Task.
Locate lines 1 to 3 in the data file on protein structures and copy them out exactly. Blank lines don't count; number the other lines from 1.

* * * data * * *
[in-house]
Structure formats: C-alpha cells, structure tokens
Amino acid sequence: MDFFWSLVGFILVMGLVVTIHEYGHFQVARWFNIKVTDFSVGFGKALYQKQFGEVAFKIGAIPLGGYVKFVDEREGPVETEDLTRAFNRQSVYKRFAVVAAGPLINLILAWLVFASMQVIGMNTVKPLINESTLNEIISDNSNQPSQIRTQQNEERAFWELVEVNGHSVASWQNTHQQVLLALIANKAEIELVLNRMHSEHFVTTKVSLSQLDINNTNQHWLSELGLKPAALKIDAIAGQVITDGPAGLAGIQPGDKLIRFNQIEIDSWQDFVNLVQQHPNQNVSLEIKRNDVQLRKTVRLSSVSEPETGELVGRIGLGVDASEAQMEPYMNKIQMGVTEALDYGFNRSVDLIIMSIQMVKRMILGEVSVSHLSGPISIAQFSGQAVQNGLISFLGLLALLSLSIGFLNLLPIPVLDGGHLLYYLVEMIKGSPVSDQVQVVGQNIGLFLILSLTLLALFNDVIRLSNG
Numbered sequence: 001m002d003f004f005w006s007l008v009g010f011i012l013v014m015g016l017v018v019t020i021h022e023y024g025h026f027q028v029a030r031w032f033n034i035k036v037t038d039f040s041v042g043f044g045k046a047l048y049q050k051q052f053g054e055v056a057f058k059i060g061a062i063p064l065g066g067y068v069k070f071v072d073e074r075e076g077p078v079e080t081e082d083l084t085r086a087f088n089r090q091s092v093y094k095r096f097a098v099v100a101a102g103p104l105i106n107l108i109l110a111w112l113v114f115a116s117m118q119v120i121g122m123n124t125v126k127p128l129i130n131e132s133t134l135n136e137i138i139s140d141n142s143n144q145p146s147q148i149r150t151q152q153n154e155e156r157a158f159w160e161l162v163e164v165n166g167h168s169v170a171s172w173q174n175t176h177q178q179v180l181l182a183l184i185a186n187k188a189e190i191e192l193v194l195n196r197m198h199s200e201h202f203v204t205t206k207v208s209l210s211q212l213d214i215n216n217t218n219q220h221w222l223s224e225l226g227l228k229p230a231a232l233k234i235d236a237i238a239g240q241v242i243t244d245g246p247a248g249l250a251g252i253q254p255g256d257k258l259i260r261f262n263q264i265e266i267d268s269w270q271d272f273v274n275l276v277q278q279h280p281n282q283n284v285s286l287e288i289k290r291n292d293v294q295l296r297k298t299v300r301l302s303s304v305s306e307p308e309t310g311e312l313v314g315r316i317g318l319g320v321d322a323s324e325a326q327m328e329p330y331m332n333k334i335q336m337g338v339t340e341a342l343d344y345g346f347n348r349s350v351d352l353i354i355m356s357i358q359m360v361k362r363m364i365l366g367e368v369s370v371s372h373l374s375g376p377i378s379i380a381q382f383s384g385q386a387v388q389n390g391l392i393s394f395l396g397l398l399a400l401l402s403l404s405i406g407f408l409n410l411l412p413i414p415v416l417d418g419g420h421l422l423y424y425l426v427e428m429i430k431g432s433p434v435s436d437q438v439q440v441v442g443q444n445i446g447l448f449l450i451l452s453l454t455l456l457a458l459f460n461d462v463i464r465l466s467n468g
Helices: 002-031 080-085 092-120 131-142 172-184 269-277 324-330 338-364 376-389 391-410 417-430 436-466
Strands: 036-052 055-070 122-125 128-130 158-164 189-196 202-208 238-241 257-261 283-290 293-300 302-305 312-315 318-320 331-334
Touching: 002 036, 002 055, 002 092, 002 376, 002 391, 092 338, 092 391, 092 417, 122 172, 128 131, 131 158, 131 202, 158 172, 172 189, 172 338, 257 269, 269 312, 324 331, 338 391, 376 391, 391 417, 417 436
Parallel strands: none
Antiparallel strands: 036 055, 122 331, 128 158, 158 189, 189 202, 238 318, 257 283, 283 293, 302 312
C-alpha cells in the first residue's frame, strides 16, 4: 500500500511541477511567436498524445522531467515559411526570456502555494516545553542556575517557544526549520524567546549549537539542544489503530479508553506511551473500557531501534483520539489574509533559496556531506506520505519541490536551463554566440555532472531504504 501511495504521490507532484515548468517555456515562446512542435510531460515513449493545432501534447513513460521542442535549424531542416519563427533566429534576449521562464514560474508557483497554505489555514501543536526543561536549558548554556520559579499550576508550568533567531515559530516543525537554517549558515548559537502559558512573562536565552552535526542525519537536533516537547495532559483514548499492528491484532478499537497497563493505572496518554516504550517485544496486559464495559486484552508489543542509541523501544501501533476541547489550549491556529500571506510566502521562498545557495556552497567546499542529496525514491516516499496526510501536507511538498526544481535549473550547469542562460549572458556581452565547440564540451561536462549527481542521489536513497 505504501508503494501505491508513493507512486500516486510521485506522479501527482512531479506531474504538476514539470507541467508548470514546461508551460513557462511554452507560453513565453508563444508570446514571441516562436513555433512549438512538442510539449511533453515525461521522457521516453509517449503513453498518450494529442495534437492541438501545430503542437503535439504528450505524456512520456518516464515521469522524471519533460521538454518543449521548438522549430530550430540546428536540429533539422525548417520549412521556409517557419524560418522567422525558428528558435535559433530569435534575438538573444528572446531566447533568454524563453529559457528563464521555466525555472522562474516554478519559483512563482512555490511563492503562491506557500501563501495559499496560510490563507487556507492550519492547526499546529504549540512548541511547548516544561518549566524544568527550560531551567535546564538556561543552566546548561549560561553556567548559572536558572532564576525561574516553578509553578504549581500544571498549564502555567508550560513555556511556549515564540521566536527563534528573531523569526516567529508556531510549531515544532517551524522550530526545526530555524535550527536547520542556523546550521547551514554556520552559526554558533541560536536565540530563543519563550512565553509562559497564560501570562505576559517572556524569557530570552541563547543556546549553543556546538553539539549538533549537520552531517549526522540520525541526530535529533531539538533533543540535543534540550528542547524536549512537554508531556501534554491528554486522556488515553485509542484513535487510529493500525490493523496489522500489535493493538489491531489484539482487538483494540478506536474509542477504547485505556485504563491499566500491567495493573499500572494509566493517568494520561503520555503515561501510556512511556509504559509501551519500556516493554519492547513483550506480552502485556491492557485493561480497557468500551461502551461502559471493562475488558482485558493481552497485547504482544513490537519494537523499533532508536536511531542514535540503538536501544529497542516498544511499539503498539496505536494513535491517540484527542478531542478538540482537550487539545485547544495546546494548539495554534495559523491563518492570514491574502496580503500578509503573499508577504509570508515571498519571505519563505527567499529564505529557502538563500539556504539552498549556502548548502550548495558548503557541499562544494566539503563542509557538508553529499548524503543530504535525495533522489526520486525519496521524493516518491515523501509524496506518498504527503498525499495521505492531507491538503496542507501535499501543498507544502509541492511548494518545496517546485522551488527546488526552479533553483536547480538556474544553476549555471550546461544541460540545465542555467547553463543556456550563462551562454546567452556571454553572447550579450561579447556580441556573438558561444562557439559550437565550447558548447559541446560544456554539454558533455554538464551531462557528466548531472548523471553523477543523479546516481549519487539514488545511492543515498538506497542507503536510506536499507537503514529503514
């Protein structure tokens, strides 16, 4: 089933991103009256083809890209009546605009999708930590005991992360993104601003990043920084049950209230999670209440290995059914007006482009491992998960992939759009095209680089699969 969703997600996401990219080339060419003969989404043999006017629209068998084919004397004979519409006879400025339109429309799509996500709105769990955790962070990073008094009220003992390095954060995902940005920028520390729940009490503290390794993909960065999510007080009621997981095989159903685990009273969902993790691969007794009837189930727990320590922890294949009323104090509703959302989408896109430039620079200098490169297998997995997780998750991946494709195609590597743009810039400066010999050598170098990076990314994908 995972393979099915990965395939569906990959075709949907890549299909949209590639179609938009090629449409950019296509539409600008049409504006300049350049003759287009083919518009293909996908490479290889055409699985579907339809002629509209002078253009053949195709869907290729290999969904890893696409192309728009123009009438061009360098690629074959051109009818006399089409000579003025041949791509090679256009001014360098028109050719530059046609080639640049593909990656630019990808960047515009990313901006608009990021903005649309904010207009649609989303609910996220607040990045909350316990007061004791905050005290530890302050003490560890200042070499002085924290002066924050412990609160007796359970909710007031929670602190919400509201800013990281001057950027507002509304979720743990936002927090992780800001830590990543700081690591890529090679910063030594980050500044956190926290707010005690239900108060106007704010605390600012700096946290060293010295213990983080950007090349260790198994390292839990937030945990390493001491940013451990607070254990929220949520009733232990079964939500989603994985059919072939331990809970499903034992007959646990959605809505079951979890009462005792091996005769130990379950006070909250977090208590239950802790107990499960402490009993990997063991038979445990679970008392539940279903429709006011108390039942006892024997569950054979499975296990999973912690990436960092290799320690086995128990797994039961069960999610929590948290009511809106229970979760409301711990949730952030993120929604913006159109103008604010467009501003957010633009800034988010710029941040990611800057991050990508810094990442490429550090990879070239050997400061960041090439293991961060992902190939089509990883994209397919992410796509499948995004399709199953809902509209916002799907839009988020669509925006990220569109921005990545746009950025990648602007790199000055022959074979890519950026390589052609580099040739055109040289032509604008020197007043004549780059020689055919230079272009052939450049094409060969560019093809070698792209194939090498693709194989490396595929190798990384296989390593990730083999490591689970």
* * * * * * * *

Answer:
[in-house]
Structure formats: C-alpha cells, structure tokens
Amino acid sequence: MDFFWSLVGFILVMGLVVTIHEYGHFQVARWFNIKVTDFSVGFGKALYQKQFGEVAFKIGAIPLGGYVKFVDEREGPVETEDLTRAFNRQSVYKRFAVVAAGPLINLILAWLVFASMQVIGMNTVKPLINESTLNEIISDNSNQPSQIRTQQNEERAFWELVEVNGHSVASWQNTHQQVLLALIANKAEIELVLNRMHSEHFVTTKVSLSQLDINNTNQHWLSELGLKPAALKIDAIAGQVITDGPAGLAGIQPGDKLIRFNQIEIDSWQDFVNLVQQHPNQNVSLEIKRNDVQLRKTVRLSSVSEPETGELVGRIGLGVDASEAQMEPYMNKIQMGVTEALDYGFNRSVDLIIMSIQMVKRMILGEVSVSHLSGPISIAQFSGQAVQNGLISFLGLLALLSLSIGFLNLLPIPVLDGGHLLYYLVEMIKGSPVSDQVQVVGQNIGLFLILSLTLLALFNDVIRLSNG